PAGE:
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Now That The Linux Kernel Can Be Zstd-Compressed, The Next Step Is The Firmware

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  • Now That The Linux Kernel Can Be Zstd-Compressed, The Next Step Is The Firmware

    Phoronix: Now That The Linux Kernel Can Be Zstd-Compressed, The Next Step Is The Firmware

    With Linux 5.9 comes the ability to compress the Linux kernel image / initrd with Zstd for yielding faster boot speeds but at a compression ratio between Gzip and XZ/LZMA. Being proposed next with the widespread adoption of Facebook's Zstd is compressing the kernel microcode/firmware files...

    http://www.phoronix.com/scan.php?pag...Compress-Patch

  • #2
    I must be missing something here, but what's this fuss about compressing the kernel image and stuff? Standard kernel is ~200MB. A SATA/AHCI SSD will read that in a third of a second. A NMVe SSD will read it 5-6x faster. What gives?

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    • #3
      Originally posted by bug77 View Post
      I must be missing something here, but what's this fuss about compressing the kernel image and stuff? Standard kernel is ~200MB. A SATA/AHCI SSD will read that in a third of a second. A NMVe SSD will read it 5-6x faster. What gives?
      Hardware with lesser capable hardware? I suspect embedded devices, like a lot of wlan routers, etc.
      Reading the image from ROM is afaik a considerable amount of the boot time there.

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      • #4
        Originally posted by rawr View Post

        Hardware with lesser capable hardware? I suspect embedded devices, like a lot of wlan routers, etc.
        Reading the image from ROM is afaik a considerable amount of the boot time there.
        Well, I'm pretty sure those kernels are well under 200MB. And kernel compression is enabled by default on desktop...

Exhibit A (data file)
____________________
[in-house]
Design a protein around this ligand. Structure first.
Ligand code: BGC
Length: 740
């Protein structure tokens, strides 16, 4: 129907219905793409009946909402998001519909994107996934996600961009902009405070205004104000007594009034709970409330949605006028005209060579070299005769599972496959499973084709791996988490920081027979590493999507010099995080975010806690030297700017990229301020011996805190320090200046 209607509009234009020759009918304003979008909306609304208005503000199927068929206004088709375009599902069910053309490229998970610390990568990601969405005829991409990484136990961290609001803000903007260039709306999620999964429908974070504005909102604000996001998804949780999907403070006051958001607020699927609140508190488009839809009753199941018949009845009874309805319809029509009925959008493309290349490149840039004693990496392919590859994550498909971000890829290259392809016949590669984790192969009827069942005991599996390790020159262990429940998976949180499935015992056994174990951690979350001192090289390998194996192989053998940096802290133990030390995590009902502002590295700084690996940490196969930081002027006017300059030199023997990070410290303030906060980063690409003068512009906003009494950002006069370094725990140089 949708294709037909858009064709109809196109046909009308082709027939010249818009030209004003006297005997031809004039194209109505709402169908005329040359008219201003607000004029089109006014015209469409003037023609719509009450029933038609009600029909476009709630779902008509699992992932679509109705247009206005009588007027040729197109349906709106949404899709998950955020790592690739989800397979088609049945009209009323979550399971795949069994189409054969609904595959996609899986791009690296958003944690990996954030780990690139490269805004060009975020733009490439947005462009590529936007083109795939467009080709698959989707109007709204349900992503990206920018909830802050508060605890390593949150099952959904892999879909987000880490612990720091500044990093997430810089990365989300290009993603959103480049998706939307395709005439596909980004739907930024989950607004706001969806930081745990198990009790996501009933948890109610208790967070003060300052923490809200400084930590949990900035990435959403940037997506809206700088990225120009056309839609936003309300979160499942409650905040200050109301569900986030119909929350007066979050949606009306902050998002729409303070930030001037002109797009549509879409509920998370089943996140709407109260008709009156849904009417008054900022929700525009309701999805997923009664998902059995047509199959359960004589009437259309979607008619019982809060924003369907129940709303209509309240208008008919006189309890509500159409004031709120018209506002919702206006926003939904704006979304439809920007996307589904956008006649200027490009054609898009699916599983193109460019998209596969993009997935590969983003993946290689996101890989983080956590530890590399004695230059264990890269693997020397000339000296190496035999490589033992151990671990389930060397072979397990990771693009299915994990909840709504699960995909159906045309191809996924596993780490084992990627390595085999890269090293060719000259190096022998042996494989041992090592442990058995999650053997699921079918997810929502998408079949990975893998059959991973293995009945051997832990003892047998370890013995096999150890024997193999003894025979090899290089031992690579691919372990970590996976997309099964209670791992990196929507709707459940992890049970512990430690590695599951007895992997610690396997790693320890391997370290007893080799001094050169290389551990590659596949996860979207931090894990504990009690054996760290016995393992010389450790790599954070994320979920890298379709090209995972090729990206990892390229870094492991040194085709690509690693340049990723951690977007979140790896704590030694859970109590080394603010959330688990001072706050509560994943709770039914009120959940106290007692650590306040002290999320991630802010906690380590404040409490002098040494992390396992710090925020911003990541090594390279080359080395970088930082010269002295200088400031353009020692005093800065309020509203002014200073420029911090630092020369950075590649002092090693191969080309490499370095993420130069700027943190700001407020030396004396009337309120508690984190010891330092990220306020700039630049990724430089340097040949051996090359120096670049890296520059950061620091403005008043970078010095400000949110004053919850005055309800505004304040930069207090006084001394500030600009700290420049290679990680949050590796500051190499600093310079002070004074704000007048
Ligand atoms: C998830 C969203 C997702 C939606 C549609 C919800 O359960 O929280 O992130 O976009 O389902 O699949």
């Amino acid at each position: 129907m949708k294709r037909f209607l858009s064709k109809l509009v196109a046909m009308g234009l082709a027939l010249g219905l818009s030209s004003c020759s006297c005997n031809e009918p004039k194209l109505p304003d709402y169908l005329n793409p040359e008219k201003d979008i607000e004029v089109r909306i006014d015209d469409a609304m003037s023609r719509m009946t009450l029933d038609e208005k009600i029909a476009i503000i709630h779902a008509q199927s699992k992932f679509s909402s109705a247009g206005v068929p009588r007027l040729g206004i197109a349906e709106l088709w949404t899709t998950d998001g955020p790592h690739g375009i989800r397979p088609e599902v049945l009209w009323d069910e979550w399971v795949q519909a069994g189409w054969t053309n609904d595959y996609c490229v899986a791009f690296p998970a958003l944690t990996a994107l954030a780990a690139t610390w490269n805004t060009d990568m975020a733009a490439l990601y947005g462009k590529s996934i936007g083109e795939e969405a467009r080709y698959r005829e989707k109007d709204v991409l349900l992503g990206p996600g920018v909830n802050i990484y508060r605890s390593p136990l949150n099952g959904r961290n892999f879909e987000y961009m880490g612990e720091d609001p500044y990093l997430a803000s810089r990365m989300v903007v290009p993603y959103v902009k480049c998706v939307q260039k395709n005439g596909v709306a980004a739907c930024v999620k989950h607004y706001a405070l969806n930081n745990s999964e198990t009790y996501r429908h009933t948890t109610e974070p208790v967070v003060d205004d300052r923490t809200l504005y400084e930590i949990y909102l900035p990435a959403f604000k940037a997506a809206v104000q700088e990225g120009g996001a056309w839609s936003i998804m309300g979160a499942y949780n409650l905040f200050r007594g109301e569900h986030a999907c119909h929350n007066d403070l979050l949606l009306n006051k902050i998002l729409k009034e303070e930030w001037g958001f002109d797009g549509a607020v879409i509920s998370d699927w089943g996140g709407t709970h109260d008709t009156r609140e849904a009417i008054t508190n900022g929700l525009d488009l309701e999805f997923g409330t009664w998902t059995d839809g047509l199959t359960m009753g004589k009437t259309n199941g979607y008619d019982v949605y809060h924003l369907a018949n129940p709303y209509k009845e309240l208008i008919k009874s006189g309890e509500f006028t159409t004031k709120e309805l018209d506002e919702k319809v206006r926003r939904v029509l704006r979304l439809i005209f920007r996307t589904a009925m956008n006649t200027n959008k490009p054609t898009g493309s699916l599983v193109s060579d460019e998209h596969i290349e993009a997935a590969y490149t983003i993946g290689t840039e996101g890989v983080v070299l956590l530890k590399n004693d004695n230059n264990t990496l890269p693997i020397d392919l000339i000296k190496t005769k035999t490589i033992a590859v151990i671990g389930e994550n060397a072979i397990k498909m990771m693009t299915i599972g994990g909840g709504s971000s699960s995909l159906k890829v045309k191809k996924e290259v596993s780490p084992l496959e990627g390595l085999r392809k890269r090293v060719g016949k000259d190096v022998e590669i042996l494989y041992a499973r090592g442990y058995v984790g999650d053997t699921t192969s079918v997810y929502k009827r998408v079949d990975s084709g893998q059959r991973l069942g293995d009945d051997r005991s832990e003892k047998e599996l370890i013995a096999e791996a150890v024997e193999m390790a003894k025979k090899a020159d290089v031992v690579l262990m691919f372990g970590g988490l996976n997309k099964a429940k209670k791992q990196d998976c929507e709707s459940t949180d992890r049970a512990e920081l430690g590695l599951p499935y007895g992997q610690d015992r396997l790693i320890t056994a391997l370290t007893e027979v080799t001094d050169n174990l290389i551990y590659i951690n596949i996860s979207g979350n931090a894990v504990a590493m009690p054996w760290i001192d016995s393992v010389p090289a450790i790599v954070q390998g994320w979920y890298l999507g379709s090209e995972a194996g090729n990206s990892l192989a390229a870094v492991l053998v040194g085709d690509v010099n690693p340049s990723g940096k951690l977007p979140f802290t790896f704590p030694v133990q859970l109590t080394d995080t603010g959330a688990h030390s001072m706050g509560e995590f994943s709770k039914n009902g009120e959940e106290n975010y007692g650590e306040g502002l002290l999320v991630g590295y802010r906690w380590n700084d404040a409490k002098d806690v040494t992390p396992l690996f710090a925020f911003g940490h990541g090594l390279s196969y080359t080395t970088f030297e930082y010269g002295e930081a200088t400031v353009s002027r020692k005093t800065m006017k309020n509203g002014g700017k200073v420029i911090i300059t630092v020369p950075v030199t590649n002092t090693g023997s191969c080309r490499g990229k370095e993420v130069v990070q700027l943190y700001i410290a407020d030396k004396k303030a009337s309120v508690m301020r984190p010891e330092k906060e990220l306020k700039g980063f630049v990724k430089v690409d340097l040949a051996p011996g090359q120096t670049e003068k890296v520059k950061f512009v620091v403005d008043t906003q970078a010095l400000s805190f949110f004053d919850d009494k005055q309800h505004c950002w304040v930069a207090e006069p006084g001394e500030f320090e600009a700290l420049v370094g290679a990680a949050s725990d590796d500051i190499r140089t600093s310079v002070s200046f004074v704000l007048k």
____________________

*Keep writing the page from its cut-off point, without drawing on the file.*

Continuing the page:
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        • #5
          Originally posted by bug77 View Post

          Well, I'm pretty sure those kernels are well under 200MB. And kernel compression is enabled by default on desktop...
          Sure, but I think the use case is that when you turn on, say your shiny new action cam, you don't want to wait more than a few seconds for it to be usable.
          I think optimization in software allows you to be cheaper in hardware. Saving space and being faster to boot sounds to me like something that is worth putting a little bit of work into.

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          • #6
            Originally posted by bug77 View Post
            I must be missing something here, but what's this fuss about compressing the kernel image and stuff? Standard kernel is ~200MB. A SATA/AHCI SSD will read that in a third of a second. A NMVe SSD will read it 5-6x faster. What gives?
            Decompressing with lz4 is close to memcpy speed. As you typically need to move around some blocks, and io is limiting, it makes zero sense not to compress and waste space.

            And I believe the bigger plan is to throw out all compression that is basically always inferior to zstd, only keeping lz4, xz and for compatibility gzip.

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            • #7
              background & implementation details: https://www.youtube.com/watch?v=_mGajxQ0AZY I also only mostly only use it for initrd, e.g. 20MB instead of 30MB initrd, and memory savings, e.g. ps3 in my installed OS btrfs can compress it transparently anyway, ... ;-)

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              • #8
                Compressing your kernel, initramfs and so on the right way makes a difference in boot times. Even with fast SSDs, it's possible to decompress whatever it reads to get faster effective read speed.

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                • #9
                  Typo:

                  Originally posted by phoronix View Post
                  The proposed patch adds support so the kernel will properly deal with with decompressing

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                  • #10
                    Originally posted by bug77 View Post
                    I must be missing something here, but what's this fuss about compressing the kernel image and stuff? Standard kernel is ~200MB. A SATA/AHCI SSD will read that in a third of a second. A NMVe SSD will read it 5-6x faster. What gives?
                    200M bzImage? WTF have you been feeding your kernels?
                    Oh. With initrd.
                    Either way. Loading from various UEFI / Legacy / Whatever load are usually pretty suboptimal.
                    This also adds to various other projects. Zstd is (in my book) the best tradeoff for decompression speed / compression ratio.
                    Last edited by milkylainen; 08-21-2020, 01:36 PM. Reason: Edit: Missed the initrd part.

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